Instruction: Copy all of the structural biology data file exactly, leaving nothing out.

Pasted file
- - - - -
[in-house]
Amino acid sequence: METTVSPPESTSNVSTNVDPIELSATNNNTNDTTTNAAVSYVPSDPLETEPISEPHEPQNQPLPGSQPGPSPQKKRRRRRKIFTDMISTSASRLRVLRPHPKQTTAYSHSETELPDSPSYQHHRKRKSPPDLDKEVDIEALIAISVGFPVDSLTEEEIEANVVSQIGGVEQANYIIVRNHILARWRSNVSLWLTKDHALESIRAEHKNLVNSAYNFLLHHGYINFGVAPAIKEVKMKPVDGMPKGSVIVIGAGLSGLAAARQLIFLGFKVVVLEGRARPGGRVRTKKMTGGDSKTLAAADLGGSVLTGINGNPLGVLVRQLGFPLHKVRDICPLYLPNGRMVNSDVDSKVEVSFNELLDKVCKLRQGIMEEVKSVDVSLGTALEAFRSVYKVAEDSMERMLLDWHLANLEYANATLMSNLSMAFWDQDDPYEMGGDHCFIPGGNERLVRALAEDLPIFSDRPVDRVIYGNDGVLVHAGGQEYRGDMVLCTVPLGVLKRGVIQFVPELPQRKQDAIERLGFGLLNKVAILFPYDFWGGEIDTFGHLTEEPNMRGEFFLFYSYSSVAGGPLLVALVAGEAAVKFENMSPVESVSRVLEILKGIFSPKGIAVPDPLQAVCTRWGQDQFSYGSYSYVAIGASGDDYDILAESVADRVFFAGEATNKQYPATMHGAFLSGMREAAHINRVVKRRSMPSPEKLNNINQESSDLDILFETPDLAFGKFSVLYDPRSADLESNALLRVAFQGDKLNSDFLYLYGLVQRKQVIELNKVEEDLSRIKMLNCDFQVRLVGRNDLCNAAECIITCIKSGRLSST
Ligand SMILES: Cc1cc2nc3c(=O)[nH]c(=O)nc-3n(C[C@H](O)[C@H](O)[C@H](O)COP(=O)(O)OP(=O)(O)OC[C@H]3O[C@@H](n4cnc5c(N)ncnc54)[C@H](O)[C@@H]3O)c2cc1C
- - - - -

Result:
[in-house]
Amino acid sequence: METTVSPPESTSNVSTNVDPIELSATNNNTNDTTTNAAVSYVPSDPLETEPISEPHEPQNQPLPGSQPGPSPQKKRRRRRKIFTDMISTSASRLRVLRPHPKQTTAYSHSETELPDSPSYQHHRKRKSPPDLDKEVDIEALIAISVGFPVDSLTEEEIEANVVSQIGGVEQANYIIVRNHILARWRSNVSLWLTKDHALESIRAEHKNLVNSAYNFLLHHGYINFGVAPAIKEVKMKPVDGMPKGSVIVIGAGLSGLAAARQLIFLGFKVVVLEGRARPGGRVRTKKMTGGDSKTLAAADLGGSVLTGINGNPLGVLVRQLGFPLHKVRDICPLYLPNGRMVNSDVDSKVEVSFNELLDKVCKLRQGIMEEVKSVDVSLGTALEAFRSVYKVAEDSMERMLLDWHLANLEYANATLMSNLSMAFWDQDDPYEMGGDHCFIPGGNERLVRALAEDLPIFSDRPVDRVIYGNDGVLVHAGGQEYRGDMVLCTVPLGVLKRGVIQFVPELPQRKQDAIERLGFGLLNKVAILFPYDFWGGEIDTFGHLTEEPNMRGEFFLFYSYSSVAGGPLLVALVAGEAAVKFENMSPVESVSRVLEILKGIFSPKGIAVPDPLQAVCTRWGQDQFSYGSYSYVAIGASGDDYDILAESVADRVFFAGEATNKQYPATMHGAFLSGMREAAHINRVVKRRSMPSPEKLNNINQESSDLDILFETPDLAFGKFSVLYDPRSADLESNALLRVAFQGDKLNSDFLYLYGLVQRKQVIELNKVEEDLSRIKMLNCDFQVRLVGRNDLCNAAECIITCIKSGRLSST
Ligand SMILES: Cc1cc2nc3c(=O)[nH]c(=O)nc-3n(C[C@H](O)[C@H](O)[C@H](O)COP(=O)(O)OP(=O)(O)OC[C@H]3O[C@@H](n4cnc5c(N)ncnc54)[C@H](O)[C@@H]3O)c2cc1C